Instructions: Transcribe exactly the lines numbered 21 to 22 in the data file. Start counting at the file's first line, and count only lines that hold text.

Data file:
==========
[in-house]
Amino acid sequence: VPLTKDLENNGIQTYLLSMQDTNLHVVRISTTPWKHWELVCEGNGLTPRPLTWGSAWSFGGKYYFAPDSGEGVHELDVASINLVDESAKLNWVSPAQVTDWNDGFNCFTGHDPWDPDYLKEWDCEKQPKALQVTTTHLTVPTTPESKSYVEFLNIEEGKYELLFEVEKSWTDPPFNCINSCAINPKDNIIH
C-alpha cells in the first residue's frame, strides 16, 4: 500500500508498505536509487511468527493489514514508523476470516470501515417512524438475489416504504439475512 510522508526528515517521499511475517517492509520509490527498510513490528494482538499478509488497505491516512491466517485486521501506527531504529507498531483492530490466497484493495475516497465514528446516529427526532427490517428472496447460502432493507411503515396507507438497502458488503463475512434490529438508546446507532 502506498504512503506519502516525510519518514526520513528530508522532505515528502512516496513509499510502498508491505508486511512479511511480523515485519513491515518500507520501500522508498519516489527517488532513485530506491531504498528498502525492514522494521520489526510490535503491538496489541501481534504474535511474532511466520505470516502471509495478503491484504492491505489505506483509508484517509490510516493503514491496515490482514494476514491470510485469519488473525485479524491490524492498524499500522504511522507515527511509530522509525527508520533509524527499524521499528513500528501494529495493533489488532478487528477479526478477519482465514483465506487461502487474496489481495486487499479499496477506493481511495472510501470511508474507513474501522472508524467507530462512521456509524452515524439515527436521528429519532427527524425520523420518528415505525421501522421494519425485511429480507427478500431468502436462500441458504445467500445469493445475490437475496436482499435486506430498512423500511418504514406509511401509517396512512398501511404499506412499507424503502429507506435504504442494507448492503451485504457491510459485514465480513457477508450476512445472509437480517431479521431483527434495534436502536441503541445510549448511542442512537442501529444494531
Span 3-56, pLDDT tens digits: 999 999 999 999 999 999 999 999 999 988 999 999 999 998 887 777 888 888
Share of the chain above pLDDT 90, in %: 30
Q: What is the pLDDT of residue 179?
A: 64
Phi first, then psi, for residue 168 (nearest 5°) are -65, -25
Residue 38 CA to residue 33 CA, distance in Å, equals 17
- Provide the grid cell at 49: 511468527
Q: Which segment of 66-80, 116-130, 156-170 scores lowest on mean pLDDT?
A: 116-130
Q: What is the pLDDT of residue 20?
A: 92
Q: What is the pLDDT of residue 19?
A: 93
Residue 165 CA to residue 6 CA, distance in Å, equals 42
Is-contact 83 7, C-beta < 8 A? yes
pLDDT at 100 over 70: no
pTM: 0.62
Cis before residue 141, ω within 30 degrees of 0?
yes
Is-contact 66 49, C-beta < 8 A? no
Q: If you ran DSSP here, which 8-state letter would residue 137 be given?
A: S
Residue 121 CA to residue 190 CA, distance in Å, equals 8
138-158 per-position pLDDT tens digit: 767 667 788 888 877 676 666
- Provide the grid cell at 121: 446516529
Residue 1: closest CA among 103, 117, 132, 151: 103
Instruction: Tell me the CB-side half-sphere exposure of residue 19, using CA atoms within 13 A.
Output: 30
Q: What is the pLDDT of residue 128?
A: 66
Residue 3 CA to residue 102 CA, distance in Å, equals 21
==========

Cis before residue 141, ω within 30 degrees of 0?
yes